Getting into a “Flow” state: a systematic review of flow experience in neurological diseases

Beatrice Ottiger, Erwin van Wegen, Katja Keller, Tobias Nef, Thomas Nyffeler, Gert Kwakkel, Tim Vanbellingen*

*Corresponding author for this work

Research output: Contribution to journalReview articleAcademicpeer-review


Background: Flow is a subjective psychological state that people report when they are fully involved in an activity to the point of forgetting time and their surrounding except the activity itself. Being in flow during physical/cognitive rehabilitation may have a considerable impact on functional outcome, especially when patients with neurological diseases engage in exercises using robotics, virtual/augmented reality, or serious games on tablets/computer. When developing new therapy games, measuring flow experience can indicate whether the game motivates one to train. The purpose of this study was to identify and systematically review current literature on flow experience assessed in patients with stroke, traumatic brain injury, multiple sclerosis and Parkinson’s disease. Additionally, we critically appraised, compared and summarized the measurement properties of self-reported flow questionnaires used in neurorehabilitation setting. Design: A systematic review using PRISMA and COSMIN guidelines. Methods: MEDLINE Ovid, EMBASE Ovid, CINAHL EBSCO, SCOPUS were searched. Inclusion criteria were (1) peer-reviewed studies that (2) focused on the investigation of flow experience in (3) patients with neurological diseases (i.e., stroke, traumatic brain injury, multiple sclerosis and/or Parkinson’s disease). A qualitative data synthesis was performed to present the measurement properties of the used flow questionnaires. Results: Ten studies out of 911 records met the inclusion criteria. Seven studies measured flow in the context of serious games in patients with stroke, traumatic brain injury, multiple sclerosis and Parkinson’s disease. Three studies assessed flow in other activities than gaming (song-writing intervention and activities of daily living). Six different flow questionnaires were used, all of which were originally validated in healthy people. None of the studies presented psychometric data in their respective research population. Conclusion: The present review indicates that flow experience is increasingly measured in the physical/cognitive rehabilitation setting in patients with neurological diseases. However, psychometric properties of used flow questionnaires are lacking. For exergame developers working in the field of physical/cognitive rehabilitation in patients with neurological diseases, a valid flow questionnaire can help to further optimize the content of the games so that optimal engagement can occur during the gameplay. Whether flow experiences can ultimately have positive effects on physical/cognitive parameters needs further study.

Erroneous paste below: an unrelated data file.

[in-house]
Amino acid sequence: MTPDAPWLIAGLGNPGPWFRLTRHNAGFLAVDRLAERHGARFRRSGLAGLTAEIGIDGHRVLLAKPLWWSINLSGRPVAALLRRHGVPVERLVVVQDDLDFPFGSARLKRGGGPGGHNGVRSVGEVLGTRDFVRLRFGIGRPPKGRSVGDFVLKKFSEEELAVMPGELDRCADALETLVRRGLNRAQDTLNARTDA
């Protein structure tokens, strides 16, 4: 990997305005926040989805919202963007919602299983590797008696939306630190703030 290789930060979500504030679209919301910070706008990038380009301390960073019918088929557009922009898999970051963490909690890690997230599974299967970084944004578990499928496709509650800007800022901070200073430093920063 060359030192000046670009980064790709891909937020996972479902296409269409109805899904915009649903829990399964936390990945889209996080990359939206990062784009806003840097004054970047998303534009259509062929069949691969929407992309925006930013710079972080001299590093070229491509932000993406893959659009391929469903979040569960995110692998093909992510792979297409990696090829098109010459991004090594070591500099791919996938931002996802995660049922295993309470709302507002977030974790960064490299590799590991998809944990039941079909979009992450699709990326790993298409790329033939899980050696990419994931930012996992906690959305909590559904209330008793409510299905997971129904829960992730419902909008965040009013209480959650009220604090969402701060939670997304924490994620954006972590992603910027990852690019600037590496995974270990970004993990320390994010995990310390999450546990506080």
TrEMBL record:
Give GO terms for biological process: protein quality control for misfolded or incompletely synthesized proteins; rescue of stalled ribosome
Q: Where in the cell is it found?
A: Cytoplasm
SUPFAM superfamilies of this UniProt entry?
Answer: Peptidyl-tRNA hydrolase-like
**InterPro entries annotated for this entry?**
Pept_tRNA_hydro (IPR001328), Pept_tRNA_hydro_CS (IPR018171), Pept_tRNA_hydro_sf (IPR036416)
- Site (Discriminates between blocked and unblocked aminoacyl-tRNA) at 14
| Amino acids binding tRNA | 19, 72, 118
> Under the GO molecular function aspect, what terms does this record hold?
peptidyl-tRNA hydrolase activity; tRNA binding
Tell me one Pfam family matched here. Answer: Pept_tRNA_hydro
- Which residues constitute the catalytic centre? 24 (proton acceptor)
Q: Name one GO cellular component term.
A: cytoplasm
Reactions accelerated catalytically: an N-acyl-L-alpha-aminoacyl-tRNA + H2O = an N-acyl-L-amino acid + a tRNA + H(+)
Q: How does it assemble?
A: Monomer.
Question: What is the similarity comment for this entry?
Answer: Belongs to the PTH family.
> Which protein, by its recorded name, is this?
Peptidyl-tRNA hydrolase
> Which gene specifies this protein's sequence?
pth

Original languageEnglish
Article number65
Pages (from-to)65
JournalJournal of NeuroEngineering and Rehabilitation
Issue number1
Publication statusPublished - 1 Dec 2021

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